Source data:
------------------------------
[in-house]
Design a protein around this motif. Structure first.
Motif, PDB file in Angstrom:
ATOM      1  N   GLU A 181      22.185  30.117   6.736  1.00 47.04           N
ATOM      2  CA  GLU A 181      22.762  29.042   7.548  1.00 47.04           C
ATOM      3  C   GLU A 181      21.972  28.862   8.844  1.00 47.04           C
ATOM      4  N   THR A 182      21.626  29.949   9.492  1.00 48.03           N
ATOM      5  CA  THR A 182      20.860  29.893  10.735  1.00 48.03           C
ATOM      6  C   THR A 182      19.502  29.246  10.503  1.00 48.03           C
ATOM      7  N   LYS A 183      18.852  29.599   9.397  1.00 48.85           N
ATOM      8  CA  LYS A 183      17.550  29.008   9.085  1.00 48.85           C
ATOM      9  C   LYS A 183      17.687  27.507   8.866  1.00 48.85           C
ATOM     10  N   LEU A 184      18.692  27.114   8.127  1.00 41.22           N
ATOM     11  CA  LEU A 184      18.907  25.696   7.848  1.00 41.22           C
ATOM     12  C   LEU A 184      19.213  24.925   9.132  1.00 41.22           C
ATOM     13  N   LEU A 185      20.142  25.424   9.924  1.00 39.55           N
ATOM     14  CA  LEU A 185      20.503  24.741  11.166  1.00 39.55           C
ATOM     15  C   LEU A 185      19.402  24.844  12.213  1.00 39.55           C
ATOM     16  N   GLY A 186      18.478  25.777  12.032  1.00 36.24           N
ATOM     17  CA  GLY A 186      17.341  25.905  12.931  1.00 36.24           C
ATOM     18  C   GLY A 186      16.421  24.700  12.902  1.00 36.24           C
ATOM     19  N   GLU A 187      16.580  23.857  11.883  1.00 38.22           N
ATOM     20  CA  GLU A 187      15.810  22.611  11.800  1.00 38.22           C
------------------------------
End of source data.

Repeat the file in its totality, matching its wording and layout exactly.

[in-house]
Design a protein around this motif. Structure first.
Motif, PDB file in Angstrom:
ATOM      1  N   GLU A 181      22.185  30.117   6.736  1.00 47.04           N
ATOM      2  CA  GLU A 181      22.762  29.042   7.548  1.00 47.04           C
ATOM      3  C   GLU A 181      21.972  28.862   8.844  1.00 47.04           C
ATOM      4  N   THR A 182      21.626  29.949   9.492  1.00 48.03           N
ATOM      5  CA  THR A 182      20.860  29.893  10.735  1.00 48.03           C
ATOM      6  C   THR A 182      19.502  29.246  10.503  1.00 48.03           C
ATOM      7  N   LYS A 183      18.852  29.599   9.397  1.00 48.85           N
ATOM      8  CA  LYS A 183      17.550  29.008   9.085  1.00 48.85           C
ATOM      9  C   LYS A 183      17.687  27.507   8.866  1.00 48.85           C
ATOM     10  N   LEU A 184      18.692  27.114   8.127  1.00 41.22           N
ATOM     11  CA  LEU A 184      18.907  25.696   7.848  1.00 41.22           C
ATOM     12  C   LEU A 184      19.213  24.925   9.132  1.00 41.22           C
ATOM     13  N   LEU A 185      20.142  25.424   9.924  1.00 39.55           N
ATOM     14  CA  LEU A 185      20.503  24.741  11.166  1.00 39.55           C
ATOM     15  C   LEU A 185      19.402  24.844  12.213  1.00 39.55           C
ATOM     16  N   GLY A 186      18.478  25.777  12.032  1.00 36.24           N
ATOM     17  CA  GLY A 186      17.341  25.905  12.931  1.00 36.24           C
ATOM     18  C   GLY A 186      16.421  24.700  12.902  1.00 36.24           C
ATOM     19  N   GLU A 187      16.580  23.857  11.883  1.00 38.22           N
ATOM     20  CA  GLU A 187      15.810  22.611  11.800  1.00 38.22           C